Losing your mind

We went away for the weekend, for a break from it all. I didn’t realise how frenzied I felt until I stopped feeling frenzied. It was wonderful. Still I had one of my wakeful periods on Friday night. This is what I wrote at 3.45 am on Saturday morning.

Storm outside. Thunder and lightning, but not right here. From the lift foyer on the 4th floor of the Mirambeena, I can see the lights of the Stuart Highway, sometimes dimmed by the mist of rain. The wind gusts through the louvres, tossing the leaves on the potted palm, and then settles. It smells warm – although the air is quite cool and I have my blue woollen wrap on my shoulders and white bath towel on my lap. I wheeled my chair back from the louvres, to not be too splashed and blown. It is beautiful.

If we’d gone to any other hotel, I’d have been trapped inside an air-conditioned corridor, since I wanted to leave the family sleeping in the room.

I am awake when I ‘should be’ asleep, but it is very peaceful and relaxing. A holiday from the frenzy. Of course, speed and urgency are of the essence. I am grateful that I have been prompted to this. I knew it was necessary, but my natural tendency is to move towards tranquility, no matter what. But having been urgent, it is now easier to be tranquil. I am doing what needs to be done.

The action has even helped me to be here. Without it, I wouldn’t have all the aids to movement that I need since the small fractures. Without this wheelchair, I wouldn’t be sitting out here – even if I could walk. There are no seats, and the thought of manievrigin one of the seats into the passage at 3am is simply ludicrous. But when one’s seat is mobile, that’s different. Especially since I worked out how to use the chair as a trolley, to bring my stuff out with me and to negotiate the heavy door.

It is the equilibrium between urgency and tranquility that is required here. To take urgent action and maintain tranquility. It is challenge to me.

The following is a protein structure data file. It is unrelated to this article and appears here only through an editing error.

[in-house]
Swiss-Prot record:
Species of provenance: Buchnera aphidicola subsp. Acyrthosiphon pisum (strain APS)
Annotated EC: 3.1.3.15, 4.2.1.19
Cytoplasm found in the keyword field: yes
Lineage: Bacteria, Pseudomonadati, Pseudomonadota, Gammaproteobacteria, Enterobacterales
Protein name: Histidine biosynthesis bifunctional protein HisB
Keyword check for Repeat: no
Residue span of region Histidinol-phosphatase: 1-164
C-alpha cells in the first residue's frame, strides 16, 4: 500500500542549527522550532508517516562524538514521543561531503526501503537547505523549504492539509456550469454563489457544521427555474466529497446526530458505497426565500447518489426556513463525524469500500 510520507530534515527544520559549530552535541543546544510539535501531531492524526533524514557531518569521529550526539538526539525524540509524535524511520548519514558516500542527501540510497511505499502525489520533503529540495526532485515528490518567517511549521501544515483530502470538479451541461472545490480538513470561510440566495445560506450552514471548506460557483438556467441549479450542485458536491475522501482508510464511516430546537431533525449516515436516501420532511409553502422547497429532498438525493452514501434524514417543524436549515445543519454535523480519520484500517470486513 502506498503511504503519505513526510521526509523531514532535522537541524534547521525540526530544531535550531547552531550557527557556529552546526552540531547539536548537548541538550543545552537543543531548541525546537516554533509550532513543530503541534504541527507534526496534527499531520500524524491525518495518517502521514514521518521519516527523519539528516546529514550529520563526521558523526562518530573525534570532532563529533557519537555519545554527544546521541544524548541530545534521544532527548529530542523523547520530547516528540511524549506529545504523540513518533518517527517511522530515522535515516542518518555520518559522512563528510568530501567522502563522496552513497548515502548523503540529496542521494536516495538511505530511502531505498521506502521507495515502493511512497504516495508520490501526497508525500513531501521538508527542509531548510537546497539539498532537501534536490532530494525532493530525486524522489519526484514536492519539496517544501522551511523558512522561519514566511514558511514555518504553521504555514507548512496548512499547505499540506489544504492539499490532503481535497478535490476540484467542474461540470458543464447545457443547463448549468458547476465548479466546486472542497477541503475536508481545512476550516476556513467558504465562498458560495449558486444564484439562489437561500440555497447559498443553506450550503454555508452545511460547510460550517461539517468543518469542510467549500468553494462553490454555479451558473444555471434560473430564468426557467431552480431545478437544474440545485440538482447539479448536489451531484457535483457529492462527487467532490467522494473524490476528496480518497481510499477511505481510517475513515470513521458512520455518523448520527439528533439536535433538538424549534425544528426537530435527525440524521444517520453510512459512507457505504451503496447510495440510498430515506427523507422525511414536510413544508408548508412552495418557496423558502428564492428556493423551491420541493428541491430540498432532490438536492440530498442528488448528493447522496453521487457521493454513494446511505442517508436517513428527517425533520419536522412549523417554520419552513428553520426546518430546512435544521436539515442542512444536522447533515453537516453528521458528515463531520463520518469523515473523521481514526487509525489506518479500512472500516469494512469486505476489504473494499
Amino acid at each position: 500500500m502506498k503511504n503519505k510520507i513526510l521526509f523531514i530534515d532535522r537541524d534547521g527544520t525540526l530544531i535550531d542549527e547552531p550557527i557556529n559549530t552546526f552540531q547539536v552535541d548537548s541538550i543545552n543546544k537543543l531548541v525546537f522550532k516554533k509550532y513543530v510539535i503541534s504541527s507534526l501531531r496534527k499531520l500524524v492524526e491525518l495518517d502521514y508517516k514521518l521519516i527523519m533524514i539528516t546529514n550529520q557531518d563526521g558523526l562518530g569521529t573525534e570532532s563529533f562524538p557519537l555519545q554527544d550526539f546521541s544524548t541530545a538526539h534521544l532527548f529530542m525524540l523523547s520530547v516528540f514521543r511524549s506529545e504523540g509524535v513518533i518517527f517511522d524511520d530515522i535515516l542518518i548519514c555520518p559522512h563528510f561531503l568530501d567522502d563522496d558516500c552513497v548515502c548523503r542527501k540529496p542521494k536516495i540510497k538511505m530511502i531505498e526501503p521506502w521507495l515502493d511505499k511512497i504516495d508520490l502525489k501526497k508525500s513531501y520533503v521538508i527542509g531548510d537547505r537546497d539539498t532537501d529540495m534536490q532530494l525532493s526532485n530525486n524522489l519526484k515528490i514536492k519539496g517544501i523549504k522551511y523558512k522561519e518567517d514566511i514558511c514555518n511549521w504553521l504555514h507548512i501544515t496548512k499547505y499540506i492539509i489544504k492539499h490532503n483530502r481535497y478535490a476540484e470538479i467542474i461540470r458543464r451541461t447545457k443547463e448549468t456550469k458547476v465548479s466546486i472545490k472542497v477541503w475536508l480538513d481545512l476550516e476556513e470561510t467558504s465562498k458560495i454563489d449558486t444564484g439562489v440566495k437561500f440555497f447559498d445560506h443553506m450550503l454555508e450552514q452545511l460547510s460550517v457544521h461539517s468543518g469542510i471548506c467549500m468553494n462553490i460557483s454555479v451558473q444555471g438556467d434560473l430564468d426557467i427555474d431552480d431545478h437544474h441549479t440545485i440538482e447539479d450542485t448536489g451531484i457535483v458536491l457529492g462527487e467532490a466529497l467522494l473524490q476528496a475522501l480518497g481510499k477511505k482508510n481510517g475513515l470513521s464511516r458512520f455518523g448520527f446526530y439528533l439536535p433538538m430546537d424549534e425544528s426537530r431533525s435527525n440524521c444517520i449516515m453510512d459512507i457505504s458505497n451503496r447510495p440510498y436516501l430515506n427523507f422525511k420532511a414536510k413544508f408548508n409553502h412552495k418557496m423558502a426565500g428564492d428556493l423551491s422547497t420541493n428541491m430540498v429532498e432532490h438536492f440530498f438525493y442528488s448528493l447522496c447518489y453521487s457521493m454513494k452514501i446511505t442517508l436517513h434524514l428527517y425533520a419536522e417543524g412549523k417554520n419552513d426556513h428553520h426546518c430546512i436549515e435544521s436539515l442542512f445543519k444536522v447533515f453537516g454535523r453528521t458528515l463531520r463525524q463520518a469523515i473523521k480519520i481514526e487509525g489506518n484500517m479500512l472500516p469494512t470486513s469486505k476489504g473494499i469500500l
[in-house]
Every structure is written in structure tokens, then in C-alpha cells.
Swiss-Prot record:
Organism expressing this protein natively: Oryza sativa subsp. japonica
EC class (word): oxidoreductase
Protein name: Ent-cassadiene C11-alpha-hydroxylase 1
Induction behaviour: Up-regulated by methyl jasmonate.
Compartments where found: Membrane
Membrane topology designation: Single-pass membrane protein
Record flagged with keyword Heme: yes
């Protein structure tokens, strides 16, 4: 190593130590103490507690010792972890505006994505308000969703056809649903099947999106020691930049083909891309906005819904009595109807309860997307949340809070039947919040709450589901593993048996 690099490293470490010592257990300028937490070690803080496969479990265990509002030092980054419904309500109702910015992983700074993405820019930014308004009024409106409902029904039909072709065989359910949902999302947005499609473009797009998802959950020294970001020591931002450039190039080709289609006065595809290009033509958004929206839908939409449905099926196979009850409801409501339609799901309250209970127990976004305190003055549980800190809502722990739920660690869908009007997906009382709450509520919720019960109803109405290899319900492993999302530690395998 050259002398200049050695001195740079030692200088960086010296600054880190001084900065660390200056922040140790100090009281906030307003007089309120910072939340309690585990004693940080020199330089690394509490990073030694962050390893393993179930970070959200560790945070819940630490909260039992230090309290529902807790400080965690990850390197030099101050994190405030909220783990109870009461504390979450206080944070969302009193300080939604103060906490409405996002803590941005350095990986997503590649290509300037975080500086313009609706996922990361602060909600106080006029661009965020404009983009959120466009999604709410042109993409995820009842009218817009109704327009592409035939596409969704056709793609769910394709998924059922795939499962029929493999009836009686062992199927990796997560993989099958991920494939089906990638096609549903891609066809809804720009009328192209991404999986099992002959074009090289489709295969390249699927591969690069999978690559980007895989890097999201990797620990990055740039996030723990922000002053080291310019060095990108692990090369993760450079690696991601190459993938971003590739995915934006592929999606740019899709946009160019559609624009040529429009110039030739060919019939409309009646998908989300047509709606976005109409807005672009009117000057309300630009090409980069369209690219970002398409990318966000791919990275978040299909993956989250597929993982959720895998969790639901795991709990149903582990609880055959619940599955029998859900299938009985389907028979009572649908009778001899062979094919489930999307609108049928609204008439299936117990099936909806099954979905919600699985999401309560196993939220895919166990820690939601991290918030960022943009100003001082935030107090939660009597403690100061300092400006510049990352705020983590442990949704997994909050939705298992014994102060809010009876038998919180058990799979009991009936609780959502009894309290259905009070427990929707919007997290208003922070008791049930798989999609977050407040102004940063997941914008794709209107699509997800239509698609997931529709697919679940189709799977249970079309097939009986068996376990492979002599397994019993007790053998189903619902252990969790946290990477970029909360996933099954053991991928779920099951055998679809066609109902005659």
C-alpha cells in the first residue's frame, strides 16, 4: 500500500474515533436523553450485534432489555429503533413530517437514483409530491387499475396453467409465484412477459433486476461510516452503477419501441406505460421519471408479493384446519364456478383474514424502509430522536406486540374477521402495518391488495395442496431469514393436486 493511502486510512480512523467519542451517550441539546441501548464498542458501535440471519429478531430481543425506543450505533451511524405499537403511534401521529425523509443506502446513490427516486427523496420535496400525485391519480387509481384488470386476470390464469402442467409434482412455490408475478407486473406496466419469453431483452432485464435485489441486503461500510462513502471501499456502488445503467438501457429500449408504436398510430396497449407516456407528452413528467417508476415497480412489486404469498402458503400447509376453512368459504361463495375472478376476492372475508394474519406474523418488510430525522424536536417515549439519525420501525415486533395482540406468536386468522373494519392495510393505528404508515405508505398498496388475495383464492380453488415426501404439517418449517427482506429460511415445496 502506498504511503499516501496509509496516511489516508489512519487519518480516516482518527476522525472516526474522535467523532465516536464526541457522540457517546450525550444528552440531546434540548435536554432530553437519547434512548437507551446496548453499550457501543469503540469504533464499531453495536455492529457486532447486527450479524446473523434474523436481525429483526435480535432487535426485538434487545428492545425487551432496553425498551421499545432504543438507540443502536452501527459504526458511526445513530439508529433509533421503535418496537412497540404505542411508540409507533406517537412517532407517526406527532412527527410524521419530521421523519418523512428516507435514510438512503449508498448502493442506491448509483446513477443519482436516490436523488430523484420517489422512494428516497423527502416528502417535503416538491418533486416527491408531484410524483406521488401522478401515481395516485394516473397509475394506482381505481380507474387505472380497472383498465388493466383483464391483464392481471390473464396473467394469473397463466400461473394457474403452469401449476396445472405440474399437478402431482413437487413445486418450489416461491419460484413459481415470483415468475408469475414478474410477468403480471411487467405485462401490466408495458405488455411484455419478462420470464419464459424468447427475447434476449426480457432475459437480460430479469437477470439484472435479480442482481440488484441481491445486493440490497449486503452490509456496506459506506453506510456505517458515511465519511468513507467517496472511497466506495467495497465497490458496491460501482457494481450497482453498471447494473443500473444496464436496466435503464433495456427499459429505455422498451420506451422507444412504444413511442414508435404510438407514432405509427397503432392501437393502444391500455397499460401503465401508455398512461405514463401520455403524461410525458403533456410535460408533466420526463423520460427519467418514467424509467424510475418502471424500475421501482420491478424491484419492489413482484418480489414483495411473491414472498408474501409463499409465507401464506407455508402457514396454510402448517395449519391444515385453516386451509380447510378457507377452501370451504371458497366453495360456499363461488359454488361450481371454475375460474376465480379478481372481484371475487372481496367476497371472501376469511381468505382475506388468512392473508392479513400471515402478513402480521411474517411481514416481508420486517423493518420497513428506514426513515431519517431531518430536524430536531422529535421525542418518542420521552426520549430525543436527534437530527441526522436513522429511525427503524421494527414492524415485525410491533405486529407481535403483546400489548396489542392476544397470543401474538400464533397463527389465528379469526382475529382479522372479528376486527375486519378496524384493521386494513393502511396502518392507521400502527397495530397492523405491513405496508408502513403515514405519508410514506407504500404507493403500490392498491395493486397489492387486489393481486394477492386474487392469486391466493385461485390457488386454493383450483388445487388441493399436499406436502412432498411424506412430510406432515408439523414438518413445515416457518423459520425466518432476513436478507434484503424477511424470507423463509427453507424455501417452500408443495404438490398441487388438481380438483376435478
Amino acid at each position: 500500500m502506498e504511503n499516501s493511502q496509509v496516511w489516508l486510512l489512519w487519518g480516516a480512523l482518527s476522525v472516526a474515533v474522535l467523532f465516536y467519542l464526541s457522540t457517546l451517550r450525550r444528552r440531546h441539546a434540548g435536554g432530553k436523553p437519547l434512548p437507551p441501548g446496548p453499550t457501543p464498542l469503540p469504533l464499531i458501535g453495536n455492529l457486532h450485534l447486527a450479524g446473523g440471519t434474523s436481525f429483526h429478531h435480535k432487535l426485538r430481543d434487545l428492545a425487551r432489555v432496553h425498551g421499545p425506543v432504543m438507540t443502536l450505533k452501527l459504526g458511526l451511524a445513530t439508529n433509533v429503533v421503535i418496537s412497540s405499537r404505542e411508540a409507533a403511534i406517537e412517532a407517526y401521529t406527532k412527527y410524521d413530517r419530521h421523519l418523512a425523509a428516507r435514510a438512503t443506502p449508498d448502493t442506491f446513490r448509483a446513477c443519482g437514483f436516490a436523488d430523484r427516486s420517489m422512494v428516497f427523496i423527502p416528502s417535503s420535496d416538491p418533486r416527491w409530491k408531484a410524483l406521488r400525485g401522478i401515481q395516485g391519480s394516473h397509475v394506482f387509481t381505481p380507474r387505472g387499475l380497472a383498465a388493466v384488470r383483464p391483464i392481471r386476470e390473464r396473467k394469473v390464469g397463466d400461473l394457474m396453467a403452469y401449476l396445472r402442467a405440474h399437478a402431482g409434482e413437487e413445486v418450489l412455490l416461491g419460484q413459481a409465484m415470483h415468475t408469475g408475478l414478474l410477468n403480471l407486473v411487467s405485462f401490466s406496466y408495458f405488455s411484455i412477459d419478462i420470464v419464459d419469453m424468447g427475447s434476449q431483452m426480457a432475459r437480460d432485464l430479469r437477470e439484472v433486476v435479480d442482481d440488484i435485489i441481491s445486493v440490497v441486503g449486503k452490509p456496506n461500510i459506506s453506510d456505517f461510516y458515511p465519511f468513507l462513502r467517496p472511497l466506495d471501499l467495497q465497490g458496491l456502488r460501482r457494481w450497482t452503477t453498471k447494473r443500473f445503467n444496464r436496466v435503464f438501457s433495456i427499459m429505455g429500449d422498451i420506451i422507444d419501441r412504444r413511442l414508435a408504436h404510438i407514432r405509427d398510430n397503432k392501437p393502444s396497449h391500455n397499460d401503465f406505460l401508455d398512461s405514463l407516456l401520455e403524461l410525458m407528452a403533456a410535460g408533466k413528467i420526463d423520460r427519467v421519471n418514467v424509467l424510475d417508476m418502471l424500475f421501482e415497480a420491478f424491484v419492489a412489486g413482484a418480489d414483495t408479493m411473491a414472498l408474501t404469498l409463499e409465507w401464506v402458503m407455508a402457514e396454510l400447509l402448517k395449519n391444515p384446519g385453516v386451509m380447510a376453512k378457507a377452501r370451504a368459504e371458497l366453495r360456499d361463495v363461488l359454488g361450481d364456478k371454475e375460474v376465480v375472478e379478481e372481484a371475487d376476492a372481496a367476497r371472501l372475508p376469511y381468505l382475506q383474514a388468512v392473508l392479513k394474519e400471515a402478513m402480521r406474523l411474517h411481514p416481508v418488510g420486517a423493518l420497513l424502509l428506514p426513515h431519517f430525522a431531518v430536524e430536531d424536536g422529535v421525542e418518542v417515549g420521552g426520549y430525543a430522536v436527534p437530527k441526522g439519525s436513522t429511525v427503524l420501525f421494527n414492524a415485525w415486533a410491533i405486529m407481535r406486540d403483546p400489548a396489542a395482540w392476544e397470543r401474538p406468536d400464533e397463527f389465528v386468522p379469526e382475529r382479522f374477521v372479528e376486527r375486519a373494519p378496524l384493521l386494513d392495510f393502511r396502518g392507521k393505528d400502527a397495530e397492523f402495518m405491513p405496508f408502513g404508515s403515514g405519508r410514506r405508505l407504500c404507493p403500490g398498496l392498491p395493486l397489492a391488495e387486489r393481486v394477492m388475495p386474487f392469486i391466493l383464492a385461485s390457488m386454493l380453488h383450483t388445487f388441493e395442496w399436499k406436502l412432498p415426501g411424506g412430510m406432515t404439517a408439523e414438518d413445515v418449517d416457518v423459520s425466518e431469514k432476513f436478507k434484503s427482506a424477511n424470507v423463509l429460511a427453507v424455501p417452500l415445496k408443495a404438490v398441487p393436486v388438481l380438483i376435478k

I have started reading Eckhart Tolle’s Practicing the Power of Now. BEING, he says, is not only beyond every living thing, but deep within. This is my sense. The deep within I can sense, and now I can do that (almost) any time. But still only termporarily, even though I know it’s there.

So I wonder, why don’t I act on it all the time? And I think, it is because of the ‘beyond’ part. Because I sense Being as compassionate, peaceful – but not what I call ‘human’. Beyond human, something that realises everything is perfect, even intense suffering. No, not realises. Always knew. Everything is as it should be.


And my mind says, what??? This is perfect? Apart from the blatantly obvious suffering of all and sundry near and far, having advanced cancer is perfect? Get real.


So obviously what one has to do is to lose one’s mind. Lose my mind. Also, in fact, loose my mind. Both. Lose and loose it. Tolle says, ‘the beginning of freedom is the realization you are not the thinker’.

It has been my problem all along, with praying, with chanting, for an outcome, that at a deeper level I know it I not necessary to do so. I don’t know whether praying/chanting for an outcome works. I believe it can and does – it is possible to ‘achieve an outcome’ in this way. I believe this. However, I know also that it is not necessary, in some ultimate sense.

So then we come to, why is the urgency necessary? Because it is, for me, now. And so is the chanting. In some way, right now, for me, the holding on, the clinging, must be done. It is where I am. But simultaneously I have to let go.

Of course, since everything is perfect no matter what, it really doesn’t matter either way. But on the other hand, it does.

Very zen. Simultaneous urgency and tranquility. Simultaneous clinging on and letting go. What comes next?

Losing your mind?



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Filed under Cancer, Spirituality

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